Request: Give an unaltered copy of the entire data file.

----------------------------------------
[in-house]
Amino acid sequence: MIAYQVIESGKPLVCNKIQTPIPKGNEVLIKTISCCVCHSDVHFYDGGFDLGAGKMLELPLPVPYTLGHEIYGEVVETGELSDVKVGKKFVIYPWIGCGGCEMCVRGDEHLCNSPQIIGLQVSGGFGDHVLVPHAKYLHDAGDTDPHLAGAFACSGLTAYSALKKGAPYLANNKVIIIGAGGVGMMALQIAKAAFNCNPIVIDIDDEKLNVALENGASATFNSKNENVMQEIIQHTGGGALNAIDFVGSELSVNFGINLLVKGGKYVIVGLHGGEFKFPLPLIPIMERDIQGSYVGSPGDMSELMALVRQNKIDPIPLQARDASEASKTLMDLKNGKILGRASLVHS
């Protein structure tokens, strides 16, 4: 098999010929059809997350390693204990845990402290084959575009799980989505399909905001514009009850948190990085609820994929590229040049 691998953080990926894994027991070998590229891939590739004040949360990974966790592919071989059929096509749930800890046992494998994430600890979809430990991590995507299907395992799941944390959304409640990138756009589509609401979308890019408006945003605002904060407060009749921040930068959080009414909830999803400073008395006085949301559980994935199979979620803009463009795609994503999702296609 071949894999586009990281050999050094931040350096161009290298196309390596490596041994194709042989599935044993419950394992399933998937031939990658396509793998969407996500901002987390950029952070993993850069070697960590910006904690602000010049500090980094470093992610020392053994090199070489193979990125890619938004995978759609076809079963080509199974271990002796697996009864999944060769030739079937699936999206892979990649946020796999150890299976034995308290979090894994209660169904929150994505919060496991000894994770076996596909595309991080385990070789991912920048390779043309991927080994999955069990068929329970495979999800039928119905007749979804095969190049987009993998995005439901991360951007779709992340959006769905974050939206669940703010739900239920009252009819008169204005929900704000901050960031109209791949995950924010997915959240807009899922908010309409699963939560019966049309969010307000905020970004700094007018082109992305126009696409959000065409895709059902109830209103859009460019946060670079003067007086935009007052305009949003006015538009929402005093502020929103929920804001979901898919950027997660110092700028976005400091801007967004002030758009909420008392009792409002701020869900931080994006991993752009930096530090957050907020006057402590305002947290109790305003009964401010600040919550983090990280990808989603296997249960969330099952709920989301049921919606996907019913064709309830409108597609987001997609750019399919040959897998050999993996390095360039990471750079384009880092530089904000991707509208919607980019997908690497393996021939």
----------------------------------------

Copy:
[in-house]
Amino acid sequence: MIAYQVIESGKPLVCNKIQTPIPKGNEVLIKTISCCVCHSDVHFYDGGFDLGAGKMLELPLPVPYTLGHEIYGEVVETGELSDVKVGKKFVIYPWIGCGGCEMCVRGDEHLCNSPQIIGLQVSGGFGDHVLVPHAKYLHDAGDTDPHLAGAFACSGLTAYSALKKGAPYLANNKVIIIGAGGVGMMALQIAKAAFNCNPIVIDIDDEKLNVALENGASATFNSKNENVMQEIIQHTGGGALNAIDFVGSELSVNFGINLLVKGGKYVIVGLHGGEFKFPLPLIPIMERDIQGSYVGSPGDMSELMALVRQNKIDPIPLQARDASEASKTLMDLKNGKILGRASLVHS
């Protein structure tokens, strides 16, 4: 098999010929059809997350390693204990845990402290084959575009799980989505399909905001514009009850948190990085609820994929590229040049 691998953080990926894994027991070998590229891939590739004040949360990974966790592919071989059929096509749930800890046992494998994430600890979809430990991590995507299907395992799941944390959304409640990138756009589509609401979308890019408006945003605002904060407060009749921040930068959080009414909830999803400073008395006085949301559980994935199979979620803009463009795609994503999702296609 071949894999586009990281050999050094931040350096161009290298196309390596490596041994194709042989599935044993419950394992399933998937031939990658396509793998969407996500901002987390950029952070993993850069070697960590910006904690602000010049500090980094470093992610020392053994090199070489193979990125890619938004995978759609076809079963080509199974271990002796697996009864999944060769030739079937699936999206892979990649946020796999150890299976034995308290979090894994209660169904929150994505919060496991000894994770076996596909595309991080385990070789991912920048390779043309991927080994999955069990068929329970495979999800039928119905007749979804095969190049987009993998995005439901991360951007779709992340959006769905974050939206669940703010739900239920009252009819008169204005929900704000901050960031109209791949995950924010997915959240807009899922908010309409699963939560019966049309969010307000905020970004700094007018082109992305126009696409959000065409895709059902109830209103859009460019946060670079003067007086935009007052305009949003006015538009929402005093502020929103929920804001979901898919950027997660110092700028976005400091801007967004002030758009909420008392009792409002701020869900931080994006991993752009930096530090957050907020006057402590305002947290109790305003009964401010600040919550983090990280990808989603296997249960969330099952709920989301049921919606996907019913064709309830409108597609987001997609750019399919040959897998050999993996390095360039990471750079384009880092530089904000991707509208919607980019997908690497393996021939």